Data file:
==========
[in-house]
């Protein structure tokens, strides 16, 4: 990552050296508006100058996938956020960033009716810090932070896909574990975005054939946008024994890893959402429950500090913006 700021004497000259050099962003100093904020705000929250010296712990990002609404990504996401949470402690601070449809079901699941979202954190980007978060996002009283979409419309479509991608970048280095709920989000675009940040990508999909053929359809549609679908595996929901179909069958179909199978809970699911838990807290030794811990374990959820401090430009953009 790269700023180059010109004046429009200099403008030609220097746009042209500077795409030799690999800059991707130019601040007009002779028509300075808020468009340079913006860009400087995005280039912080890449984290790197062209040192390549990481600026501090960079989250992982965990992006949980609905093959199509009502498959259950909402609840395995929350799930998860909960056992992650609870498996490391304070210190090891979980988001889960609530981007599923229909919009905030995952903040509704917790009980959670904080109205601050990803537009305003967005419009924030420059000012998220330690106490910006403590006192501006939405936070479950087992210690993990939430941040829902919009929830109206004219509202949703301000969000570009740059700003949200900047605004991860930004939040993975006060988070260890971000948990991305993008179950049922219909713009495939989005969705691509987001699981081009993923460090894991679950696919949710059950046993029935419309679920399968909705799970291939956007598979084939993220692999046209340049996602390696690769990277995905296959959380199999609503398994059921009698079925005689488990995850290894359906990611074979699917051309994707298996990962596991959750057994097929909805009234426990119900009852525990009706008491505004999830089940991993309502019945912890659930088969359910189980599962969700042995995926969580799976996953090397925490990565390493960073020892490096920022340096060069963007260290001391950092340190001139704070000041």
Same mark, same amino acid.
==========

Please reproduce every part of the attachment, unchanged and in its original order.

[in-house]
């Protein structure tokens, strides 16, 4: 990552050296508006100058996938956020960033009716810090932070896909574990975005054939946008024994890893959402429950500090913006 700021004497000259050099962003100093904020705000929250010296712990990002609404990504996401949470402690601070449809079901699941979202954190980007978060996002009283979409419309479509991608970048280095709920989000675009940040990508999909053929359809549609679908595996929901179909069958179909199978809970699911838990807290030794811990374990959820401090430009953009 790269700023180059010109004046429009200099403008030609220097746009042209500077795409030799690999800059991707130019601040007009002779028509300075808020468009340079913006860009400087995005280039912080890449984290790197062209040192390549990481600026501090960079989250992982965990992006949980609905093959199509009502498959259950909402609840395995929350799930998860909960056992992650609870498996490391304070210190090891979980988001889960609530981007599923229909919009905030995952903040509704917790009980959670904080109205601050990803537009305003967005419009924030420059000012998220330690106490910006403590006192501006939405936070479950087992210690993990939430941040829902919009929830109206004219509202949703301000969000570009740059700003949200900047605004991860930004939040993975006060988070260890971000948990991305993008179950049922219909713009495939989005969705691509987001699981081009993923460090894991679950696919949710059950046993029935419309679920399968909705799970291939956007598979084939993220692999046209340049996602390696690769990277995905296959959380199999609503398994059921009698079925005689488990995850290894359906990611074979699917051309994707298996990962596991959750057994097929909805009234426990119900009852525990009706008491505004999830089940991993309502019945912890659930088969359910189980599962969700042995995926969580799976996953090397925490990565390493960073020892490096920022340096060069963007260290001391950092340190001139704070000041």
Same mark, same amino acid.